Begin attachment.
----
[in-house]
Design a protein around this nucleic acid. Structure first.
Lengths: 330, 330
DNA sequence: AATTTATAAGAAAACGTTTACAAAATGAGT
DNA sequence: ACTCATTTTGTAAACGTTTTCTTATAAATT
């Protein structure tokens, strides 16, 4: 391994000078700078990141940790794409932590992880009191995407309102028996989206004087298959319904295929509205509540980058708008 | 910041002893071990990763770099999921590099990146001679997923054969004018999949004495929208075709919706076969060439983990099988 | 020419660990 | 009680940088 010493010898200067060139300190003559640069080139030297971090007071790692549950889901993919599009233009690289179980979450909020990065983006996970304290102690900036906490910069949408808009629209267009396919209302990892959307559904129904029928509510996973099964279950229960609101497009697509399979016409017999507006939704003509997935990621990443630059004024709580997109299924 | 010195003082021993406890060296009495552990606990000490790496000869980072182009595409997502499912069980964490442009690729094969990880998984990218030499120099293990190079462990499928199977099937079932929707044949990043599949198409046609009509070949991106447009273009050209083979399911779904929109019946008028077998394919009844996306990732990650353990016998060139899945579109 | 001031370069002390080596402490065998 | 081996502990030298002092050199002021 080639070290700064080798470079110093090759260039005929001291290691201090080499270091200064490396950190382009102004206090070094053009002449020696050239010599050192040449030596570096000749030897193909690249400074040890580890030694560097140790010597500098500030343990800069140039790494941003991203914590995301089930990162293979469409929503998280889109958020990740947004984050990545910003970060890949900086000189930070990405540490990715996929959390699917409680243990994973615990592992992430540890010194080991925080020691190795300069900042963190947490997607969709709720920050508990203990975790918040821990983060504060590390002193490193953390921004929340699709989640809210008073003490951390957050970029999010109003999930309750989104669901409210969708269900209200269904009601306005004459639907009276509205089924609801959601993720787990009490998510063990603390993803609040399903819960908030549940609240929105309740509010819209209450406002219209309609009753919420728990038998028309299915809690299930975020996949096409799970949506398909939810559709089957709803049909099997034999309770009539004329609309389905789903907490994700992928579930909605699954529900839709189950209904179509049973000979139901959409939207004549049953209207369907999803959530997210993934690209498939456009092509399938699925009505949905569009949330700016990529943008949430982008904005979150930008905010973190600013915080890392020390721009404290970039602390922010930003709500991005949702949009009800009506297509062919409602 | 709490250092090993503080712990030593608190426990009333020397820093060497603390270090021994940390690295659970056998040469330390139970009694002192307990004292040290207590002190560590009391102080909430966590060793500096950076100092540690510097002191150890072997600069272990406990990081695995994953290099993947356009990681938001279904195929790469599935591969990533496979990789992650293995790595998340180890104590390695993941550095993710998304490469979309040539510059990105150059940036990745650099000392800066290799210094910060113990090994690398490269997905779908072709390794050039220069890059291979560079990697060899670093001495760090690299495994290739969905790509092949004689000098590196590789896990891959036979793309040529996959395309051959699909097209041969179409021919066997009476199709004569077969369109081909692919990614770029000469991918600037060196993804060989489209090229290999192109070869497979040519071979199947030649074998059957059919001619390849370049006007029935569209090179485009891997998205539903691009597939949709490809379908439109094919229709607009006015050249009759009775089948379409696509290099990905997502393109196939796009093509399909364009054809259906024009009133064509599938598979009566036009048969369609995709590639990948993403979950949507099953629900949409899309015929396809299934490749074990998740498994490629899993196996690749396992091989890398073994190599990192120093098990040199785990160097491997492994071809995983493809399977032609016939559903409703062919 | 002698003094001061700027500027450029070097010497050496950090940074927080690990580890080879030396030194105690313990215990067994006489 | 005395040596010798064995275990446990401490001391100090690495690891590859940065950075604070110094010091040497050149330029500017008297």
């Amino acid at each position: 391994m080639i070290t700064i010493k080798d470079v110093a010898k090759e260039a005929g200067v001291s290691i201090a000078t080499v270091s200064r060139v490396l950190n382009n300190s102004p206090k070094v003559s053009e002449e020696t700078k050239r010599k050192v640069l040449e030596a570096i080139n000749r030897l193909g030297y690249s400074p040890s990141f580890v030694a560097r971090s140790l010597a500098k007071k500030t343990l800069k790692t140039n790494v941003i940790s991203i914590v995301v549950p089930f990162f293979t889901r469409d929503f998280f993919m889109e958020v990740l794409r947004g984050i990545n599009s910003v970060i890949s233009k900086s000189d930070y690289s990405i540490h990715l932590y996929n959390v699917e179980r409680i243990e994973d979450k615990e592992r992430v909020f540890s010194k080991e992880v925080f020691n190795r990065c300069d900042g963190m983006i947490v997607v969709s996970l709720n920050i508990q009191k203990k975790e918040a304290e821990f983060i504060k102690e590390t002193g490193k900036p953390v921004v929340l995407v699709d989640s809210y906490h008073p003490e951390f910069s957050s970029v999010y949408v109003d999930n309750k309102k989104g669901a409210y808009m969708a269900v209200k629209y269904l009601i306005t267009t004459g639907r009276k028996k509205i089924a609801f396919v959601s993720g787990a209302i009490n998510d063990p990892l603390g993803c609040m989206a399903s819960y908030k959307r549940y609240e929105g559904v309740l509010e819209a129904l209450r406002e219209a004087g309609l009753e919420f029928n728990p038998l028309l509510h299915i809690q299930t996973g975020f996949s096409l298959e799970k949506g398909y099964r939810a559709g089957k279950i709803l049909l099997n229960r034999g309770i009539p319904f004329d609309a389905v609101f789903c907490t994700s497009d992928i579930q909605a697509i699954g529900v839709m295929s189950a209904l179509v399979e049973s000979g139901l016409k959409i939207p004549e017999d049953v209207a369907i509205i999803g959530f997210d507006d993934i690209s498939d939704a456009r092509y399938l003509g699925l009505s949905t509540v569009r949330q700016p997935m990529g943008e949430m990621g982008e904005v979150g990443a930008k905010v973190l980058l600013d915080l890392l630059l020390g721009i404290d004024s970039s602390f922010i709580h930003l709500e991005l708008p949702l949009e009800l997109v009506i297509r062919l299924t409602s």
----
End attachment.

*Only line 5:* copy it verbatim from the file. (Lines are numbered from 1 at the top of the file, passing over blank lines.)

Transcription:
DNA sequence: ACTCATTTTGTAAACGTTTTCTTATAAATT